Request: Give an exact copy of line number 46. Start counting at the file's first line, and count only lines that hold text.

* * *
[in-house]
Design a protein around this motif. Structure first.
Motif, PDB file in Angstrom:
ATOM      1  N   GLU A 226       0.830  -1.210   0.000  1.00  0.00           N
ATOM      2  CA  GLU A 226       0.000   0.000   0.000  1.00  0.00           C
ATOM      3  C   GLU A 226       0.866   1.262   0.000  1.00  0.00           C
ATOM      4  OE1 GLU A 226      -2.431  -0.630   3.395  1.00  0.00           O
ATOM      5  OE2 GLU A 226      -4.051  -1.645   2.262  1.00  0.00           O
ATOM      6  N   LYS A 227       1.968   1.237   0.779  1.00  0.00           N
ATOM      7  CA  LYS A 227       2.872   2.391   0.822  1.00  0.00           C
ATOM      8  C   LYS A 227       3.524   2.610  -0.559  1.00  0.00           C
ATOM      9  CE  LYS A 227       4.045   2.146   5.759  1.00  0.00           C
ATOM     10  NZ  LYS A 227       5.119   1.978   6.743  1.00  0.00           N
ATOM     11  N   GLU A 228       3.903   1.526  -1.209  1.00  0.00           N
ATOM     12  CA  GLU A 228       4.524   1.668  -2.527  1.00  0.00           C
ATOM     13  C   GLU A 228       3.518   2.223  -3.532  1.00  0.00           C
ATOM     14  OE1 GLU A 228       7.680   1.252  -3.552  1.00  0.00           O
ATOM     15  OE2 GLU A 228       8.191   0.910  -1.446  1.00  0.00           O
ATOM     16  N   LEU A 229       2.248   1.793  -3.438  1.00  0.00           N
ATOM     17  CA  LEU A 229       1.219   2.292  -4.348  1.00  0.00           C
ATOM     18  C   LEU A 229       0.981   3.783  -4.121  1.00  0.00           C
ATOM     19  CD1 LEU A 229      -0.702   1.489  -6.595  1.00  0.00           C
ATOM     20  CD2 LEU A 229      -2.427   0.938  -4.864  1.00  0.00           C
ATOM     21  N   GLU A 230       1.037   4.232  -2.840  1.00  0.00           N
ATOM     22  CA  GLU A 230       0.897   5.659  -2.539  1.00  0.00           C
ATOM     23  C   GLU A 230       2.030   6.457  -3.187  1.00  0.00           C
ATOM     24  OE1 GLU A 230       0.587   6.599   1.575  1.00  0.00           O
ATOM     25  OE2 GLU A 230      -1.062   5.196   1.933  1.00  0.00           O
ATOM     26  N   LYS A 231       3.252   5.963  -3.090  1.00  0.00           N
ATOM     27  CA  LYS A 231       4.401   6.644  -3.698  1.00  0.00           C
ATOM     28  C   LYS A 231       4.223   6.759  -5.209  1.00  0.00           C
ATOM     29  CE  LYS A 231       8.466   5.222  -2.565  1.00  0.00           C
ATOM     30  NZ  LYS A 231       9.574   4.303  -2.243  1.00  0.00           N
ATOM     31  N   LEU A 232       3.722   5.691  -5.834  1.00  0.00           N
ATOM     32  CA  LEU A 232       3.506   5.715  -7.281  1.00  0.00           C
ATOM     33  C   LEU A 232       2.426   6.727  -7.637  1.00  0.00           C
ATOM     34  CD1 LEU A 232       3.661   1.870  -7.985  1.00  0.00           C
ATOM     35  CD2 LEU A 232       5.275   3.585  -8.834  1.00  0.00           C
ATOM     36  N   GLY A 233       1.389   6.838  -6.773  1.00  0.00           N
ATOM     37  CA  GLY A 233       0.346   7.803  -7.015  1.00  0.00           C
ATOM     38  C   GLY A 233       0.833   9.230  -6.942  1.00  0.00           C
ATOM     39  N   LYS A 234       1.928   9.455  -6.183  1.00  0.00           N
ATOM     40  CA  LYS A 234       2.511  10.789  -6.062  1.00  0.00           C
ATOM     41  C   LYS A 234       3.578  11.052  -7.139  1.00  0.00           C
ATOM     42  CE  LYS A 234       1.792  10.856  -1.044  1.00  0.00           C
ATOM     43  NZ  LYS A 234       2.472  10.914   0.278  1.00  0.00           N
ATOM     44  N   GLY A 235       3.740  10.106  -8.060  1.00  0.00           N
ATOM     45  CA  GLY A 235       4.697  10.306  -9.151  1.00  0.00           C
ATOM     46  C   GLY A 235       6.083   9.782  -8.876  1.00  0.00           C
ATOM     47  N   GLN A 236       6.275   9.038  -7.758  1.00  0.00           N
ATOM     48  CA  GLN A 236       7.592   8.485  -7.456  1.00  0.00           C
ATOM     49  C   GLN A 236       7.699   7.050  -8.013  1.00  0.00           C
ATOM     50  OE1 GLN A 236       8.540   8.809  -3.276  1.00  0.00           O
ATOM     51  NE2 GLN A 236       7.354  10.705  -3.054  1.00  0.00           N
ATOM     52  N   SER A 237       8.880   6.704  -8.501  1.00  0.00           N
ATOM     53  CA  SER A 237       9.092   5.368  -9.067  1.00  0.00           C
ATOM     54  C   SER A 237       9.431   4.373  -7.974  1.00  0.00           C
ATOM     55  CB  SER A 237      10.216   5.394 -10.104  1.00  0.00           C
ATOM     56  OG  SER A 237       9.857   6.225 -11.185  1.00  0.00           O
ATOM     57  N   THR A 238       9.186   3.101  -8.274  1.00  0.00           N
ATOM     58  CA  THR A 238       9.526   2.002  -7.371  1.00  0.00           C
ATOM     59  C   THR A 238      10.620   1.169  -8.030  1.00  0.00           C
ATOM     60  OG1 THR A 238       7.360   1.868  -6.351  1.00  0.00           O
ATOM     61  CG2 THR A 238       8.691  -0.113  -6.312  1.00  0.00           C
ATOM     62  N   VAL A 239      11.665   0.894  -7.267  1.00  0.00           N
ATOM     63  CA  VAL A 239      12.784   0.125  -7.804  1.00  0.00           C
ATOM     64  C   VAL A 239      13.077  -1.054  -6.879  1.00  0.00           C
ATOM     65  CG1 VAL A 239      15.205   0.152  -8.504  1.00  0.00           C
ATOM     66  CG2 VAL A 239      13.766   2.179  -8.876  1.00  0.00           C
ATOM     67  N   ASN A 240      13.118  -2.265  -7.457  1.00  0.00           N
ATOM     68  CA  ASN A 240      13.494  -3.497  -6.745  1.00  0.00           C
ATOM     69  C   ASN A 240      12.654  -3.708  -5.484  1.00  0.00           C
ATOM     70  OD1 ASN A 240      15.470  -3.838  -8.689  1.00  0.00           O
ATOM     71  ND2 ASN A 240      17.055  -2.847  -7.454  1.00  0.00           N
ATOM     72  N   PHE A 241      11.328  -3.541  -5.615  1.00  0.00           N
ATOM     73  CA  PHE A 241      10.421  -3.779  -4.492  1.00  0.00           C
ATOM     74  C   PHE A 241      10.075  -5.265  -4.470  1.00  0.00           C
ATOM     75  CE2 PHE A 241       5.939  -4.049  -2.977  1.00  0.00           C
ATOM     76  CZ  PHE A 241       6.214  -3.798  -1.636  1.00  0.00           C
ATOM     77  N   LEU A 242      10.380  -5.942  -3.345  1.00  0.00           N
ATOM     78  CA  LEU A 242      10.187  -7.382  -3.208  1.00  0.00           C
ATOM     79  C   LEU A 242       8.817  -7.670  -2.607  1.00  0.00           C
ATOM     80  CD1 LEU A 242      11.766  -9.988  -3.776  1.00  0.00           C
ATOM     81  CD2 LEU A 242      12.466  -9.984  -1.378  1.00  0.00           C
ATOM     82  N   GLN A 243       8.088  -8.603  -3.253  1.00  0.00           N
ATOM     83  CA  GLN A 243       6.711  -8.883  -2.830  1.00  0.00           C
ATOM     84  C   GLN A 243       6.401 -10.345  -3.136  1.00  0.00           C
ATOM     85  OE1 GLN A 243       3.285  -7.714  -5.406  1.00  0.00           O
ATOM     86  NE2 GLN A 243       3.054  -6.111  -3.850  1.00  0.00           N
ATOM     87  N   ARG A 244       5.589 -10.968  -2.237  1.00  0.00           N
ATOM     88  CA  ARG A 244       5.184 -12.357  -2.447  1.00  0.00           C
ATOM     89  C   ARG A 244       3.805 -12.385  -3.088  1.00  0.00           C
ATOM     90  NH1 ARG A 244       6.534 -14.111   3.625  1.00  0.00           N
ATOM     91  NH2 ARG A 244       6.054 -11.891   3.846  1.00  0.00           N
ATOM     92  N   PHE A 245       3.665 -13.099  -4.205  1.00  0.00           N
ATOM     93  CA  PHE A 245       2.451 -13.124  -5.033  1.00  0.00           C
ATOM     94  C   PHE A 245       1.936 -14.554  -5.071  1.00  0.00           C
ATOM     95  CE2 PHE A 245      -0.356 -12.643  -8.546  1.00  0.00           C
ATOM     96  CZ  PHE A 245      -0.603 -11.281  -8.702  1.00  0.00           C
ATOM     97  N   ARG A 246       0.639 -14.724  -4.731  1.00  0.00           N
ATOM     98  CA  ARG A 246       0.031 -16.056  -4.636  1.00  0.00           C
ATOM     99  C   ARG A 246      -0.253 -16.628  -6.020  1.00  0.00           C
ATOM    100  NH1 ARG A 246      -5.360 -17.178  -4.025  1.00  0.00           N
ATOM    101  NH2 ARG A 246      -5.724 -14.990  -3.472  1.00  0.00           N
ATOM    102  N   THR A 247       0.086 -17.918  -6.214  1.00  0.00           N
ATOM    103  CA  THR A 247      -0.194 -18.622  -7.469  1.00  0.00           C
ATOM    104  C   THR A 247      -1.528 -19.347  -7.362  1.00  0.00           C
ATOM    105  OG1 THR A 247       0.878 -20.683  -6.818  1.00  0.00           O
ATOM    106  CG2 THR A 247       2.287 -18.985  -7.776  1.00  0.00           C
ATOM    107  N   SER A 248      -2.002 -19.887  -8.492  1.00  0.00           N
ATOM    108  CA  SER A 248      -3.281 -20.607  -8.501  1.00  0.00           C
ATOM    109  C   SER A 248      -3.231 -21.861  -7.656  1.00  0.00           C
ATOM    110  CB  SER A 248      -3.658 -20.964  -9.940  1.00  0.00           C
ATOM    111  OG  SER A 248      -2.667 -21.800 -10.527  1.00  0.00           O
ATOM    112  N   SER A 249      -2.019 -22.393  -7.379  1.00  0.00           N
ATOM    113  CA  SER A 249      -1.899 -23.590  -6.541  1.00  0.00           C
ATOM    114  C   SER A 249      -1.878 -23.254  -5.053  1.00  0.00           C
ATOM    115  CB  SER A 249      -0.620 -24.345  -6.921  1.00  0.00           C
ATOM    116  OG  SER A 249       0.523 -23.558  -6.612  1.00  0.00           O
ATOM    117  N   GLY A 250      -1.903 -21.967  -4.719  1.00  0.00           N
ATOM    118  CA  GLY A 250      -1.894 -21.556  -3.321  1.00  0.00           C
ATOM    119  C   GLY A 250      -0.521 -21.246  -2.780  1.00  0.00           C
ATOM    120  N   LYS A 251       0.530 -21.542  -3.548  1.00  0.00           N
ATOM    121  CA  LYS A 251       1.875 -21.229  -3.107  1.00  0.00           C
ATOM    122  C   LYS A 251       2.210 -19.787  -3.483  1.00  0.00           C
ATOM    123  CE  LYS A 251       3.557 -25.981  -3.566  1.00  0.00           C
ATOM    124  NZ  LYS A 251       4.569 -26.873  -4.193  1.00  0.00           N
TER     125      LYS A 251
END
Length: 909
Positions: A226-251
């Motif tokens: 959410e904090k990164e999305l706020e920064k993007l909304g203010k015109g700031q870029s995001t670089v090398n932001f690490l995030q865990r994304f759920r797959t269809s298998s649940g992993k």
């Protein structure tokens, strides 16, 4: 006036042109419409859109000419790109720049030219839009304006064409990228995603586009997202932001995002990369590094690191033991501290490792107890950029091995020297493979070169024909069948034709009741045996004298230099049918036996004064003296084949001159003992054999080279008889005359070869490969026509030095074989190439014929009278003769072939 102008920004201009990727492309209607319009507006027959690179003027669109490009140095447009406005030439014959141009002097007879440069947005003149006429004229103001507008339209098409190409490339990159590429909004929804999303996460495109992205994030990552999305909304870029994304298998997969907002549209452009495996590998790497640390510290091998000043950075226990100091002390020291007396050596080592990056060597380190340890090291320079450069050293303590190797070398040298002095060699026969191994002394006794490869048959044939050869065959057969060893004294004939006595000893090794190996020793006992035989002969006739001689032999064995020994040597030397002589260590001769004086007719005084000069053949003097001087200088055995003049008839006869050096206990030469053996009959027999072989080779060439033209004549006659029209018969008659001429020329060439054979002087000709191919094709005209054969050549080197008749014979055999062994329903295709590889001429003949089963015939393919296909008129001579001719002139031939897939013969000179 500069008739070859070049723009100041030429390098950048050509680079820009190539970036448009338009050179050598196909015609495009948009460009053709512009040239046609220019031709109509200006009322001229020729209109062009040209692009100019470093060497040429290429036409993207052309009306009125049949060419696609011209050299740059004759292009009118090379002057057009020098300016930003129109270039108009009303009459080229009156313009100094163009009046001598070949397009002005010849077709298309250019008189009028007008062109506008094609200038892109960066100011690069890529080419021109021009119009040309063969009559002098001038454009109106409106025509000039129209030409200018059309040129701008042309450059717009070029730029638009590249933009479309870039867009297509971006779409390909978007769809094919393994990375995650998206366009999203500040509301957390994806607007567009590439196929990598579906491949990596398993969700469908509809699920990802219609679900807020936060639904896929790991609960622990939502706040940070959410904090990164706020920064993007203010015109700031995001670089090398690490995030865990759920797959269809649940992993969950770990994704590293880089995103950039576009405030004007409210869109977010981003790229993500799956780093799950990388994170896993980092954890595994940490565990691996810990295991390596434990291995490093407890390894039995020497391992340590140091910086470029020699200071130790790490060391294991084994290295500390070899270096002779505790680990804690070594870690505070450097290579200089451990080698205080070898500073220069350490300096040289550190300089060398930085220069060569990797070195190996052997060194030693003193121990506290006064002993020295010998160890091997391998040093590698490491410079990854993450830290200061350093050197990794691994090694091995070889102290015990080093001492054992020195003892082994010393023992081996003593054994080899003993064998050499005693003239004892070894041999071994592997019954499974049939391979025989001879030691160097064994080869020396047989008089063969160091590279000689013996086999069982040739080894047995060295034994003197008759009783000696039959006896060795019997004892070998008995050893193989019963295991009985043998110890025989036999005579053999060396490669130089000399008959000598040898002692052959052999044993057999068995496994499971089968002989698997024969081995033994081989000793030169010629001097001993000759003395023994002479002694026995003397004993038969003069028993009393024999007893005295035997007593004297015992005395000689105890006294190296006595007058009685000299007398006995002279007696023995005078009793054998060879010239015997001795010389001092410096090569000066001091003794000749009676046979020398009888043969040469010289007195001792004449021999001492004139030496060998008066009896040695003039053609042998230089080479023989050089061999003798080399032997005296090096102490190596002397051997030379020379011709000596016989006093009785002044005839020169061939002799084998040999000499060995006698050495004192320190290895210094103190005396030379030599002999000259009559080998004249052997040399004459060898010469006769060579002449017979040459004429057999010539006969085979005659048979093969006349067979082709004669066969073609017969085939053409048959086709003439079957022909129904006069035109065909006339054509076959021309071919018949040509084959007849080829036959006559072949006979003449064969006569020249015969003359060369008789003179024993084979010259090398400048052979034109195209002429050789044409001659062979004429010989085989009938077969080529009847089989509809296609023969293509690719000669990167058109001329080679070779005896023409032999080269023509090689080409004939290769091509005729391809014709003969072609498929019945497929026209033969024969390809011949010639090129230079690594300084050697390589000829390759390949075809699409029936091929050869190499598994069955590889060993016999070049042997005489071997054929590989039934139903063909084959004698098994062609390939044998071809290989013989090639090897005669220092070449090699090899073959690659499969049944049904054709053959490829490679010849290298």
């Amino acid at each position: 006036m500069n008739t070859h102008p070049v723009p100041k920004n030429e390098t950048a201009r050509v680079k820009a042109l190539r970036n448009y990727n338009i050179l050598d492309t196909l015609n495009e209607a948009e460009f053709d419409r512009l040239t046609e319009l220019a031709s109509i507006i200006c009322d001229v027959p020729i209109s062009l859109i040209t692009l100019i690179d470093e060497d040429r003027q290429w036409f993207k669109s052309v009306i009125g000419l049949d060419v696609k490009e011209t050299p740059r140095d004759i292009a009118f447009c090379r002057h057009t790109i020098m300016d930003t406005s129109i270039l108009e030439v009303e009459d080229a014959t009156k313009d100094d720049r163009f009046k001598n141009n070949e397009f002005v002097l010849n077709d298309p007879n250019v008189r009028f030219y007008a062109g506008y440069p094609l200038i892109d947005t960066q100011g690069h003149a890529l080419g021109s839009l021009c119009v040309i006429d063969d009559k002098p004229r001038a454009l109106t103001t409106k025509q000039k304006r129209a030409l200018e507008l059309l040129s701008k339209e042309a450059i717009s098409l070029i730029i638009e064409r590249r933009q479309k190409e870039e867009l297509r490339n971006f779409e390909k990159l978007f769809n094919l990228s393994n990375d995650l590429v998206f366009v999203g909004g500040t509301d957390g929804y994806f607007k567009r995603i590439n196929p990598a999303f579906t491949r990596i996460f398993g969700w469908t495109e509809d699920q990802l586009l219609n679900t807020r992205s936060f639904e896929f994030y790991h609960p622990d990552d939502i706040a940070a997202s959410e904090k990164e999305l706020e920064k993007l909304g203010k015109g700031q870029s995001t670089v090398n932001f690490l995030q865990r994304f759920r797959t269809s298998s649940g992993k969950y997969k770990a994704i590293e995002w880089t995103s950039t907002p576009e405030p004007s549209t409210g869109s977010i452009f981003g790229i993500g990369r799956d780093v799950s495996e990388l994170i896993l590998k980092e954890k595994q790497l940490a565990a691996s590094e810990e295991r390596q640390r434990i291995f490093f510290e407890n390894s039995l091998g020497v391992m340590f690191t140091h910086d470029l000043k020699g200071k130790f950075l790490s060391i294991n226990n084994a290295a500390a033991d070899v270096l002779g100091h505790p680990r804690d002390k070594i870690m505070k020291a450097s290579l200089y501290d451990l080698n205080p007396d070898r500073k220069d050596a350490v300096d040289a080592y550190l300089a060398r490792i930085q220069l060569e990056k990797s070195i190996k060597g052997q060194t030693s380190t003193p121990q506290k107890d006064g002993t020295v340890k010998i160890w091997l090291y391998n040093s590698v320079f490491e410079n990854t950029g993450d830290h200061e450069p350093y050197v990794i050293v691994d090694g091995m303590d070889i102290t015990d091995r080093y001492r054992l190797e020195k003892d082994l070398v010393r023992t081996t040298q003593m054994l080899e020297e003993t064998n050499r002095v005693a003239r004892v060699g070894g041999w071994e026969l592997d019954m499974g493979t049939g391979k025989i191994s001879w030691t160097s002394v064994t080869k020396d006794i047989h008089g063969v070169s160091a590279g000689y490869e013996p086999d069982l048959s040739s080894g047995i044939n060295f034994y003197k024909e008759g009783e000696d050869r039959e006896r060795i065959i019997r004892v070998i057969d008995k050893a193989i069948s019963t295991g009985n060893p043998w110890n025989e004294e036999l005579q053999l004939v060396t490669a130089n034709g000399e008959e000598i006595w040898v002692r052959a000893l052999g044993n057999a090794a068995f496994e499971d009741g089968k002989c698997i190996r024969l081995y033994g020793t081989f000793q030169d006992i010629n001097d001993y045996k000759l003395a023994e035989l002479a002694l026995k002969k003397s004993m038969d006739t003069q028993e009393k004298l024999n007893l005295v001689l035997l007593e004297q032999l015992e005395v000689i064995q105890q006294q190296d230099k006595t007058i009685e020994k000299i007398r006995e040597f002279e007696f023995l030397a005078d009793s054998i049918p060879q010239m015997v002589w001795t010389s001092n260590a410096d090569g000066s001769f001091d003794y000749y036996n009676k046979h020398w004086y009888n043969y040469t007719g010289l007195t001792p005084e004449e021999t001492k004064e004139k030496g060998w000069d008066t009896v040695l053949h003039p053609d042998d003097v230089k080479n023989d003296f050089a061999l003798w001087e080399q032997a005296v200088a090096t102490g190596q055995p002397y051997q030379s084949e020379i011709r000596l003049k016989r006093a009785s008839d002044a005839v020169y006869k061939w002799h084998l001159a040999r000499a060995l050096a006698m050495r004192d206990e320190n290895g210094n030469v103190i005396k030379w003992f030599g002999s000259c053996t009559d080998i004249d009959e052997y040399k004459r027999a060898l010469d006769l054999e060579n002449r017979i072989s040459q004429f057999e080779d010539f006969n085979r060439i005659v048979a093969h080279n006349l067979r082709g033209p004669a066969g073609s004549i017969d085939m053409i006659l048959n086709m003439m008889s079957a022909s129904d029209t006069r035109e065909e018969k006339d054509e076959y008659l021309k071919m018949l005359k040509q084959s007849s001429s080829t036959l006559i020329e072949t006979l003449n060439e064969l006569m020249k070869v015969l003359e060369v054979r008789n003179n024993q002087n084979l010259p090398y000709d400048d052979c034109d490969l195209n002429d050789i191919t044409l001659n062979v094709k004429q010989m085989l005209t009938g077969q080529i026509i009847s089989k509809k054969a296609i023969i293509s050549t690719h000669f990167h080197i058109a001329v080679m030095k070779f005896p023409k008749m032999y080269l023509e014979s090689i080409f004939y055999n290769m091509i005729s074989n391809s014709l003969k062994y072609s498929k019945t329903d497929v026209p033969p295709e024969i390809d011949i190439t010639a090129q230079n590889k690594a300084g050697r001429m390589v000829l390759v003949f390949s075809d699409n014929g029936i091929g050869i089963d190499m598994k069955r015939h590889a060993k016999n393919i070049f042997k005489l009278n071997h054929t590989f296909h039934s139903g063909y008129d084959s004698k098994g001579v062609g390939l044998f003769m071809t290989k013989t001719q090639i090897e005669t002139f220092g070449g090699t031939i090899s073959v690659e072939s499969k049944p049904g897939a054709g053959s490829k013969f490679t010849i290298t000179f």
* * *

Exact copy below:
ATOM     43  NZ  LYS A 234       2.472  10.914   0.278  1.00  0.00           N